استفاده از فن آوری در عمل هنردرمانی: 2004 و 2011 مقایسه
|کد مقاله||سال انتشار||مقاله انگلیسی||ترجمه فارسی||تعداد کلمات|
|30531||2015||5 صفحه PDF||سفارش دهید||4700 کلمه|
Publisher : Elsevier - Science Direct (الزویر - ساینس دایرکت)
Journal : The Arts in Psychotherapy, Volume 39, Issue 4, September 2012, Pages 234–238
Seven years after an initial survey of art therapists that explored digital media use and training, the survey was re-issued to determine how art therapists’ perceptions, practices, and training related to the use of digital media in art therapy have evolved, and whether or not this evolution in understanding and use of digital media kept pace with that of the general population. Both surveys targeted 250 art therapists each. The first survey was conducted through email and the second survey was conducted using Survey Monkey. After comparing the two surveys to each other and trends from the general population, it was determined that the adoption of digital technology by art therapists to manage their practice has kept pace with the general population. The use of digital media as an art tool within practice is increasing quickly, but with reservations. The main reservation that art therapists cite about using digital media surrounds ethical issues. Generally the training in the use of digital media by art therapists has not kept up with the adoption rate of technology by art therapists. Thus more training for art therapists in the use of digital media is needed, particularly in the area of understanding ethics that surrounds its use.
In 2004, fresh from my Doctoral work, I conducted a survey of 250 American Art Therapy Association (AATA) art therapists in order to determine the perceptions of practicing art therapists towards the use of technology. I wondered whether or not art therapists felt prepared by their graduate programs to use technology within their practices (Orr, 2006). At the time of this research, I stated that art therapists needed to address this issue because teens were using many digital devices such as MP3 players and cell phones for entertainment and communication, which was having a large impact on their communication modes. In 2004, The Kaiser Family Foundation Study found that teens spend an average 6.5 h a day with media—and managed to pack in more than 8.5 h through multitasking (Kaiser Family Foundation Study, 2009). Today (2011) the average teen spends more than 7.5 h a day using digital media because they can now access media content from their phones, computers, TV, and game consoles, and that does not include the time they spend texting. Added to this average, teens multitask their media, like listening to a digital music device while surfing the Internet, more than they ever have before. In this way, they pack nearly 11 h of media time into that 7.5 h (Kaiser Family Foundation Study, 2009). The use of digital media is the way teens and young adults communicate, socialize, and express themselves. This 34% increase in 5 years in media use points even more strongly to the need for art therapists to understand and use these same tools, so that they can meet their clients where they are, and can help them to move towards where they want to be. In 2009, Cathy Malchiodi wrote an article titled Art Therapy Meets Digital Art and Social Multimedia, in which she stated that digital media is being adopted quickly by art therapy clientele, but “Ironically, art therapy as a field is a slow adopter of new ideas.” Her point was that the field of art therapy is lagging behind other related fields, such as visual arts, counseling, and education in their understanding and adoption of these new media and communication platforms. Thus, 7 years after my first survey of art therapists recording digital media use, I have re-issued the survey in order to determine how our perceptions, practices, and training as art therapists related to the use of digital media in art therapy have evolved, and whether or not this evolution in our understanding and use of digital media is keeping pace with that of the general population. For the rest of the article, I will refer to the 2004 survey as Survey 1 (Orr, 2006) and the 2011 survey as Survey 2.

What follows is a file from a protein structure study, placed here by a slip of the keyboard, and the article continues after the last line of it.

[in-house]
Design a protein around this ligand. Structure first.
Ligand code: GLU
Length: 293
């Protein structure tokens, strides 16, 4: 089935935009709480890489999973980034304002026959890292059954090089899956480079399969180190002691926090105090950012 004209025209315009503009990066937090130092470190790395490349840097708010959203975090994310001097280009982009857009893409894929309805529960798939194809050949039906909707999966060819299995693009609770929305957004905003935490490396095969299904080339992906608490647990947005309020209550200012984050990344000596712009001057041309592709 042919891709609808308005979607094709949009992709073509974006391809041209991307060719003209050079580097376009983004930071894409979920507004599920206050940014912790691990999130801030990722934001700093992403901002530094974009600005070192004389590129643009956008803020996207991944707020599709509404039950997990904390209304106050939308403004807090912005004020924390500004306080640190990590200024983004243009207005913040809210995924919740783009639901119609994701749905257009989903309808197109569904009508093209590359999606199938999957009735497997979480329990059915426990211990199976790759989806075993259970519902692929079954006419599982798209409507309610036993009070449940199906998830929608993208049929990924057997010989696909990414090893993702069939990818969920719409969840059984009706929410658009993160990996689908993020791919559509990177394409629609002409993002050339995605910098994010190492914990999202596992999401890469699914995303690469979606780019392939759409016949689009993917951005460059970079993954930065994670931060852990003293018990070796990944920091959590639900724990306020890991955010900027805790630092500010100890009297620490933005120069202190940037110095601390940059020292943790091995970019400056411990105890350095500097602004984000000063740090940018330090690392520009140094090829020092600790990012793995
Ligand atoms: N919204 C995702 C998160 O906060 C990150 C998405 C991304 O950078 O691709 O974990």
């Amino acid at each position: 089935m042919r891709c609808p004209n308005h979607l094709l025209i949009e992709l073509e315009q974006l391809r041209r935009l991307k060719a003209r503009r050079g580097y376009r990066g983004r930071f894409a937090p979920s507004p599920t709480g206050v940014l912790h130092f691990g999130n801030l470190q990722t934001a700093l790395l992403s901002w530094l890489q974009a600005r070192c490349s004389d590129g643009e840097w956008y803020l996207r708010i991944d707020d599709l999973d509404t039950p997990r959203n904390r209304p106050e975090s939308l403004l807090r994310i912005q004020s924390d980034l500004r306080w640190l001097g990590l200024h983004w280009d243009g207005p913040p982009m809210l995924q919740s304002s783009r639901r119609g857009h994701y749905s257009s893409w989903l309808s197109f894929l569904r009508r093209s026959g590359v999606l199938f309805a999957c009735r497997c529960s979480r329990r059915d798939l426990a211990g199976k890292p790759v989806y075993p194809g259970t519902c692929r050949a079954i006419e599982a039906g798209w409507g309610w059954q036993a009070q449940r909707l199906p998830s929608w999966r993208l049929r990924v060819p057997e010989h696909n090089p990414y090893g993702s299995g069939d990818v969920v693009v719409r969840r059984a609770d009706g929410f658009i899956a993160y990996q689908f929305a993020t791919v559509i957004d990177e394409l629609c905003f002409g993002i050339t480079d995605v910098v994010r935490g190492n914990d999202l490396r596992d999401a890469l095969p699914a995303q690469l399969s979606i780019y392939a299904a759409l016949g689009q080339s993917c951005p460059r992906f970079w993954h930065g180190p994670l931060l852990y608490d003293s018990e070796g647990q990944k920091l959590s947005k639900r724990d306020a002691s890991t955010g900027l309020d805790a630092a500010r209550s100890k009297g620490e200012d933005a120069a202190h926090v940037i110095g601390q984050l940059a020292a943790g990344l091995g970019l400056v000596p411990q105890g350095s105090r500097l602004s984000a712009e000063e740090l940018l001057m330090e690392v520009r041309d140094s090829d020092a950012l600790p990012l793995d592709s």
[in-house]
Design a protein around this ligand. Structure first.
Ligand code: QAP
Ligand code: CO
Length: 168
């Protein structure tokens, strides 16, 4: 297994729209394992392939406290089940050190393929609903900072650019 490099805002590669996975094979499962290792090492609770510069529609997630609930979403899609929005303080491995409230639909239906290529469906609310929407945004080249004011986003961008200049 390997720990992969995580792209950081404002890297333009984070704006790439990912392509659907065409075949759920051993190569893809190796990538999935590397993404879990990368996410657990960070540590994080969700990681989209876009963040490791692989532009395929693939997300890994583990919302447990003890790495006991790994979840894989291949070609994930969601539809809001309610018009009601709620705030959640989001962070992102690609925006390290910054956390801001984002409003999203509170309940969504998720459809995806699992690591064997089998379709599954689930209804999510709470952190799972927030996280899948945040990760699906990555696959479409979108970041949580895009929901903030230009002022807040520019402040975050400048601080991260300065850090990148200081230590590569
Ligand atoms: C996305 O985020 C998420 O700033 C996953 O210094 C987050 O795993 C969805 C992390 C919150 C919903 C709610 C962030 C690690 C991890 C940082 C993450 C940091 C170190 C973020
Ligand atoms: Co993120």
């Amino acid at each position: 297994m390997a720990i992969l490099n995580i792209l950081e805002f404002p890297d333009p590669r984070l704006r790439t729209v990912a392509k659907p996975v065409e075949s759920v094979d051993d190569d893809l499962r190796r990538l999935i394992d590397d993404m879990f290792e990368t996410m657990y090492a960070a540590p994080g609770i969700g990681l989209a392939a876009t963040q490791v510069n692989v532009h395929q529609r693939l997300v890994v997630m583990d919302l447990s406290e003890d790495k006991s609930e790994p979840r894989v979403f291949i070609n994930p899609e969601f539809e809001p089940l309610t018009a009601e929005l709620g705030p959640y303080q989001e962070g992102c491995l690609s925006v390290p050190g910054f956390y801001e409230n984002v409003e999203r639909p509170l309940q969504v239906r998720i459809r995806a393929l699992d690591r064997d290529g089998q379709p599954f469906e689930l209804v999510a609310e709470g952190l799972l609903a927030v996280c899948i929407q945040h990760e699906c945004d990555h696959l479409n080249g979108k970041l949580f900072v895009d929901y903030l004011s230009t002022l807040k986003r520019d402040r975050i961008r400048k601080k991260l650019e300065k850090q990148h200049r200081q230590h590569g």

نتیجه گیری انگلیسی
Survey 1 was conducted to determine the perceptions of practicing art therapists towards the use of technology within art therapy, and whether or not art therapists felt prepared by their graduate programs to use technology within their practices (Orr, 2006). Survey 2 was conducted in order to determine how our perceptions, practices, and training as art therapists related to the use of digital media in art therapy have evolved, and whether or not this evolution in our understanding and use of digital media in art therapy is keeping pace with that of the general population. The comparison of these two surveys shows that art therapists are increasing their knowledge and use of technology in art therapy at a parallel rate with that of the general population in their everyday lives. However, because art therapists started at a much lower adoption rate in 2004 than did the general public, we remain lower in our use of technology as digital media within art therapy practice than does the general public. It is perhaps appropriate that art therapists who have not had training in the use of technology in art therapy practice are slow to adopt technology in their practices. The comparison of these two surveys points to the fact that art therapists are still exploring and learning about the nature, use, and qualities of technology and digital media.